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  • 1782: The First American Bank
    Congress charters the Bank of North America—the first financial institution chartered by the United States and the first real bank in the young republic. A de facto central bank whose shares were held by the public, the Bank of North America raised money to support the ongoing war against Britain. Philadelphia financier Robert Morris, who had given millions of his personal wealth to support the war, was the bank’s first superintendent.
  • 1784: Hamilton and the Bank of New York
    Future Treasury Secretary Alexander Hamilton founds the Bank of New York, the oldest continuously operating bank in the United States—operating today as BNY Mellon. The Bank of New York and the Bank of Massachusetts, founded the same year, are the first two state banks; the latter, through mergers, becomes part of what is today Bank of America.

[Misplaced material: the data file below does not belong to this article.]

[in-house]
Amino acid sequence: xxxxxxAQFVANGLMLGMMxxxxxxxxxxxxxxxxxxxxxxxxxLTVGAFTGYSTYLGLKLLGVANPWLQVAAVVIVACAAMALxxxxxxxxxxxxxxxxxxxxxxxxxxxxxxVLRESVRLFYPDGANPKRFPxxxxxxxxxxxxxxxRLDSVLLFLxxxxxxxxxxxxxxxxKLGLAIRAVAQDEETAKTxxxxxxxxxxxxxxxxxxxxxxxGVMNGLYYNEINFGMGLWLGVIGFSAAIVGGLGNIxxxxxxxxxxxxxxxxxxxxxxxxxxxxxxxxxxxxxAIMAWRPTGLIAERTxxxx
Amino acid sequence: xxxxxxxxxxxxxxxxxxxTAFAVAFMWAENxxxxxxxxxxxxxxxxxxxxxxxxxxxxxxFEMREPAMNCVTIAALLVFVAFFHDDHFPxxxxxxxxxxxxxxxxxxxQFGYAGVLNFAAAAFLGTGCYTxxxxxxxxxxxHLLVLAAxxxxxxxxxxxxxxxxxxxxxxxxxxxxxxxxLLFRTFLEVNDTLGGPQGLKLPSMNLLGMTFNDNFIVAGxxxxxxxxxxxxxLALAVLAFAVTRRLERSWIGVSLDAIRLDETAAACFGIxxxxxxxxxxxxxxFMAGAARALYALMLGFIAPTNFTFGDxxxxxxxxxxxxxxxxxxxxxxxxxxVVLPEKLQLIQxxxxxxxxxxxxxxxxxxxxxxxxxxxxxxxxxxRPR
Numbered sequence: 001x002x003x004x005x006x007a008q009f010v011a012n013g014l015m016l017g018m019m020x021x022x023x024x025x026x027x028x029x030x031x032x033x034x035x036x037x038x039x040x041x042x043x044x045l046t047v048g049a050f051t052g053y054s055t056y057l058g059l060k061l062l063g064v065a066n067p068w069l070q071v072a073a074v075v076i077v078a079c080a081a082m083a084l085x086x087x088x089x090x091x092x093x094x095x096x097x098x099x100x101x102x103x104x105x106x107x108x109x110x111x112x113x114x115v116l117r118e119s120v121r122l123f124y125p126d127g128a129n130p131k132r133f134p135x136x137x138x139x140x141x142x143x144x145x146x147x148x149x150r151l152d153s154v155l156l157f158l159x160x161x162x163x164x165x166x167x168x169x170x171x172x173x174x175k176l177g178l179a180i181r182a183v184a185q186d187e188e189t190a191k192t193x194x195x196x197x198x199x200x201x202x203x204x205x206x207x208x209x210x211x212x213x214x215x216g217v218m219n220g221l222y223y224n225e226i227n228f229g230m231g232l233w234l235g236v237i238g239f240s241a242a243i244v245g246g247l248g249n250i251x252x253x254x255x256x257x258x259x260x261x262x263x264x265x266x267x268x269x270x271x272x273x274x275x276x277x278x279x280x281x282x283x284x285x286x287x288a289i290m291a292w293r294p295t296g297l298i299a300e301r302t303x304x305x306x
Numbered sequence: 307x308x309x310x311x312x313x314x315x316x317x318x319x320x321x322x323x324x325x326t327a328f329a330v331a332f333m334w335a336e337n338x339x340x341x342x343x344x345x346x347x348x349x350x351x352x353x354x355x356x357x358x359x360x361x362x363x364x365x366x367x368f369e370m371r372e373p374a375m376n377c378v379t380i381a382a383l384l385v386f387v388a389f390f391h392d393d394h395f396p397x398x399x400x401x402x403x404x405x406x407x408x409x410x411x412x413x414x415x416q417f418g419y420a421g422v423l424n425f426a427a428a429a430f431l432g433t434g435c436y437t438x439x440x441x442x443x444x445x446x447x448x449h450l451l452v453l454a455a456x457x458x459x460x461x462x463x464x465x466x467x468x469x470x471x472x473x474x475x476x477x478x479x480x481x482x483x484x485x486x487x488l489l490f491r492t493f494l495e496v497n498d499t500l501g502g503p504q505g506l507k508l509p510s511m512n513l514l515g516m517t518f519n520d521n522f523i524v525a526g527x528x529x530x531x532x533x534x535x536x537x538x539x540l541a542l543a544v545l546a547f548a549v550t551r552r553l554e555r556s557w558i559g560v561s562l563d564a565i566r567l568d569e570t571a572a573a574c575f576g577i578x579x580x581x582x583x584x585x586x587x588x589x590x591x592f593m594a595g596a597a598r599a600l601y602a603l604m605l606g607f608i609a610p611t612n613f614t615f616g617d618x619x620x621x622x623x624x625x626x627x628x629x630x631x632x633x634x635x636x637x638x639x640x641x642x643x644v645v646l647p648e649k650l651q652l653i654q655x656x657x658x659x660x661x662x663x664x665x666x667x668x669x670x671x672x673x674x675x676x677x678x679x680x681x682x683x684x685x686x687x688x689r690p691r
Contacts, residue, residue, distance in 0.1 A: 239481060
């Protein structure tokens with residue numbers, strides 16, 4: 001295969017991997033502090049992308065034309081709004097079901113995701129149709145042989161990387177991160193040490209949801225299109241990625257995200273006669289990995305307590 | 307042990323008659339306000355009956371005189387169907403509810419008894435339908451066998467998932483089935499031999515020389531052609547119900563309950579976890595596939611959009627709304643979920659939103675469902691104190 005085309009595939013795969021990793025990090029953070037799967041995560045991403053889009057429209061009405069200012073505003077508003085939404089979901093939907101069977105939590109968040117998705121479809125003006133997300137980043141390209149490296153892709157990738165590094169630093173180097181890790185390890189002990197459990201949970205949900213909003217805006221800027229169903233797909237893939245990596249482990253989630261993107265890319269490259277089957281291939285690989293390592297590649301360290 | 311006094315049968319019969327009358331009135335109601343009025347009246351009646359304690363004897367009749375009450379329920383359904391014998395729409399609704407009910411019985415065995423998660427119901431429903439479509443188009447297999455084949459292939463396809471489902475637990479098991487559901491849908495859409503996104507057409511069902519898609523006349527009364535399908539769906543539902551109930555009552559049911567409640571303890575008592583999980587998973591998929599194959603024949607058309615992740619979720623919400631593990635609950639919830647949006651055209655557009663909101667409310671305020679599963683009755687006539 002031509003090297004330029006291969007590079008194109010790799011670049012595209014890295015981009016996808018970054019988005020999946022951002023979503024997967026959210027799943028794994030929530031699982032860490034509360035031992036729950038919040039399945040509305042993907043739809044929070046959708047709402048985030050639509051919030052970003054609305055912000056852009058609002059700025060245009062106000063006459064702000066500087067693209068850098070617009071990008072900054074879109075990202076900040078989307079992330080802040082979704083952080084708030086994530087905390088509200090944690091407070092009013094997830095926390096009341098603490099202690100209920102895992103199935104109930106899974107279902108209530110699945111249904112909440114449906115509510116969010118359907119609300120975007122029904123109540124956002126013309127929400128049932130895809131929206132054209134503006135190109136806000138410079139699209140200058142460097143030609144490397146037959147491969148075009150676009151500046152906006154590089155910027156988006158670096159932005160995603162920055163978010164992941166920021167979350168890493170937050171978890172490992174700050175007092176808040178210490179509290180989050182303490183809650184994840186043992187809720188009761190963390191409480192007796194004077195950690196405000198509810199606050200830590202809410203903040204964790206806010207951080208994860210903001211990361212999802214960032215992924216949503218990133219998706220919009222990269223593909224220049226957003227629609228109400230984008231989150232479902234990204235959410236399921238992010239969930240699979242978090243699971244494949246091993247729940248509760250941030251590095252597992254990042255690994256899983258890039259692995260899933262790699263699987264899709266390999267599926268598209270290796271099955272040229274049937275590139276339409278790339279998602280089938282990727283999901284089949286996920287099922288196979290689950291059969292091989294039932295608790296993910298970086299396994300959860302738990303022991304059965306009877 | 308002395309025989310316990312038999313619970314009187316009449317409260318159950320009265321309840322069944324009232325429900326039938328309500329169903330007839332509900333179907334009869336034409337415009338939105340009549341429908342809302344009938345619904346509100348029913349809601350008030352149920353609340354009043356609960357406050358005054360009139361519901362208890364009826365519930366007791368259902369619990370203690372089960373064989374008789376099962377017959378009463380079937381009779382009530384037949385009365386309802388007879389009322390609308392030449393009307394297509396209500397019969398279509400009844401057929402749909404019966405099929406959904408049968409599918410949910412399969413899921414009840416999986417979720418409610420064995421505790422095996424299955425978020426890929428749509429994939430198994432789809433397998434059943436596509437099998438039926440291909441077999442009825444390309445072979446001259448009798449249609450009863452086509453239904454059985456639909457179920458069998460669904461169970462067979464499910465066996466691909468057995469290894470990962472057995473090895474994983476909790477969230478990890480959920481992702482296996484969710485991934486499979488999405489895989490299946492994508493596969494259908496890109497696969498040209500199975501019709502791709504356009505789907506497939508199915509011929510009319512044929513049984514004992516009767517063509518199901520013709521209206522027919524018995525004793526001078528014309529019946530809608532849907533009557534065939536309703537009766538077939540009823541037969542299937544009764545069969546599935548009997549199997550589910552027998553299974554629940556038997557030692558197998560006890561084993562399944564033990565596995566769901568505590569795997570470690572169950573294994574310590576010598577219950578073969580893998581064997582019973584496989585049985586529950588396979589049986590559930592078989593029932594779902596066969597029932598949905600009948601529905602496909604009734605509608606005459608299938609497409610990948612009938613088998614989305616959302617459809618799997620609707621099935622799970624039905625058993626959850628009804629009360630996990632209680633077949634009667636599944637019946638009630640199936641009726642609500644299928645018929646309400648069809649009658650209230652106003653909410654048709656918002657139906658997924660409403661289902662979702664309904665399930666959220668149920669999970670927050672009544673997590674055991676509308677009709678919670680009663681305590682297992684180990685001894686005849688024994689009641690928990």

• 1785: The Almighty Dollar
    The Continental Congress adopts the dollar as the United States’ official unit of currency.
  • 1791: The First Central Bank
    On the urging of Treasury Secretary Alexander Hamilton, Congress charters the First Bank of the United States for a 20-year term. Its purpose is to lend to the government, make loans to businesses and provide a stable money supply through its notes. The new central bank triggers the formation of 18 new commercial banks in just five years, compared with four in all of the United States prior to the First Bank’s chartering.
  • 1792: Dollars and Cents
    Congress passes a coinage act establishing the national mint in Philadelphia and identifying the coins of smaller amounts comprising a dollar.
  • 1792: Testing the System
    A financial panic puts the first test to Hamilton and the Bank of the United States. A collapse in securities prices triggers a run on the bank. Hamilton establishes a “sinking fund commission” to authorize the first open-market activities, sending nearly $250,000 to banks throughout the country to allow them to make securities purchases and boost credit.
  • 1799: Competition in New York
    Hamilton’s rival, Aaron Burr, co-founds the Bank of the Manhattan Company, operating today as J.P. Morgan Chase.

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